The following is the text and some pictures used to describe this 1889 structure and the past decade, enjoy!!!
1908.Dorm for Dodd's College
2013 Queen Anne "Fine Dining"
History of 813 Macon Avenue, Canon City, CO81212
Built in 1889 by William McClure, for his wife Elizabeth and ten children, 813 Macon Avenue was one of the first houses to have a formal set of blue prints. Known as the “McClure House,” as it was not large enough to be called a mansion, the structure was the second major project for Mr. McClure as he had recently finished the McClure Hotel which was located on the northwest corner of 4th and Main Street, downtown Canon City. Mr. McClure was active in land and real estate businesses where he became the owner of many properties in the city. He was one of the original contributors to the building fund for the FirstBaptistChurch at seventh and Macon Avenue, 1890.
The McClure Hotel was completed in 1874, operated for a period of time and sold to English investors being renamed the Strathmore Hotel. It ultimately became Colorado’s oldest hotel until closing in 1981. Many special events happened to open the hotel including a tight rope walker who crossed Main Street as a stunt.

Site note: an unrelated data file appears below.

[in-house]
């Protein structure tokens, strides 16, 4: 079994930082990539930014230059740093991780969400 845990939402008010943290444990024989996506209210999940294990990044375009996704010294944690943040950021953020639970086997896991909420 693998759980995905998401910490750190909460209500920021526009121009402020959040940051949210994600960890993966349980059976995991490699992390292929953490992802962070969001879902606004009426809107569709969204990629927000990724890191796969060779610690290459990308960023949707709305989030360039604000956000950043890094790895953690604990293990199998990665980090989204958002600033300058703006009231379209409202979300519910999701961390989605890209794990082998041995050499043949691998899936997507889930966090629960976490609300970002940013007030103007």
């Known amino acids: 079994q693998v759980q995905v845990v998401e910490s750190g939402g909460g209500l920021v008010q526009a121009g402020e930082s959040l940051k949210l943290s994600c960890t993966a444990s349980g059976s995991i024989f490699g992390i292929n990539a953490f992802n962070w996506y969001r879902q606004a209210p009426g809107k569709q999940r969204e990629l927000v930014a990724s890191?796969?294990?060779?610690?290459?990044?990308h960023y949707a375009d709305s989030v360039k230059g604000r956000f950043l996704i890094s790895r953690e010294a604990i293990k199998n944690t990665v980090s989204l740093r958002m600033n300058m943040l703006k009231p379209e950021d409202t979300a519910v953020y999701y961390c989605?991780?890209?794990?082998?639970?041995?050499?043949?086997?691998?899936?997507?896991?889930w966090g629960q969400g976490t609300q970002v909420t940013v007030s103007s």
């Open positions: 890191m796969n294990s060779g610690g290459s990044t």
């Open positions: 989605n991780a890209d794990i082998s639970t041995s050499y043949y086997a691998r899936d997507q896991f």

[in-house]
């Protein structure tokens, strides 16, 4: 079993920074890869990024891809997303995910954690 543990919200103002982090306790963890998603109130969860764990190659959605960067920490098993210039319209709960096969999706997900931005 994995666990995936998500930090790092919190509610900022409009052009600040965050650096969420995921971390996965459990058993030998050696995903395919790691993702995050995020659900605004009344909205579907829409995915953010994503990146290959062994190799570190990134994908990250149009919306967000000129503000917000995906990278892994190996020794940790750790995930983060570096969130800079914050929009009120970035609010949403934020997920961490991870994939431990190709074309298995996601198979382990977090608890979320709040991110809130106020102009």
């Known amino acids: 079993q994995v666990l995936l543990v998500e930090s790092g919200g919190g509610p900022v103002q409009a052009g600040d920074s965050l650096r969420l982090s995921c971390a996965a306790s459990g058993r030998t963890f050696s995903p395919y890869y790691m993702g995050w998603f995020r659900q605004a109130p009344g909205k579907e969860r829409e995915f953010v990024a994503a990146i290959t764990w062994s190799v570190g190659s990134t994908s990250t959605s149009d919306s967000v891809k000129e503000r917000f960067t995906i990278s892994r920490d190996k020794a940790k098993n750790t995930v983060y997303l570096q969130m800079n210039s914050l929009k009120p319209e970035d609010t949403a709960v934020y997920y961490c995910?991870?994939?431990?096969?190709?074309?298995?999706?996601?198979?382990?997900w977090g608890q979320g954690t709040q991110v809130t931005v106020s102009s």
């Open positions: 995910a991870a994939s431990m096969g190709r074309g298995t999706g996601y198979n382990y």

The “McClure House,” was designed to accommodate the family with three stories above ground and a partial basement, crawl space. The first floor had a traditional air lock, double door entry leading into the front hallway with a formal staircase and arched windows leading to the second floor (which Mr. McClure use to call his “stairway to heaven.”) Off the hallway was the parlor room which you entered through a true forty-eight inch wide door, it had two curved windows on the south side and a corner fireplace on the north side. The room connected with the master bedroom that had pocket doors for the south and east entrances. Leaving the master bedroom you entered the formal dining room, which was the largest room in the house. North of the dining room was the original kitchen with a staircase to basement storage, furnace and coal shoot, storage. Connected to the kitchen was a curved “servant staircase,” leading to the second floor. The second floor contained five bedrooms and one small bathroom; there were no closets in any room. The third floor was one open room which was designed for the children to play during inclement weather.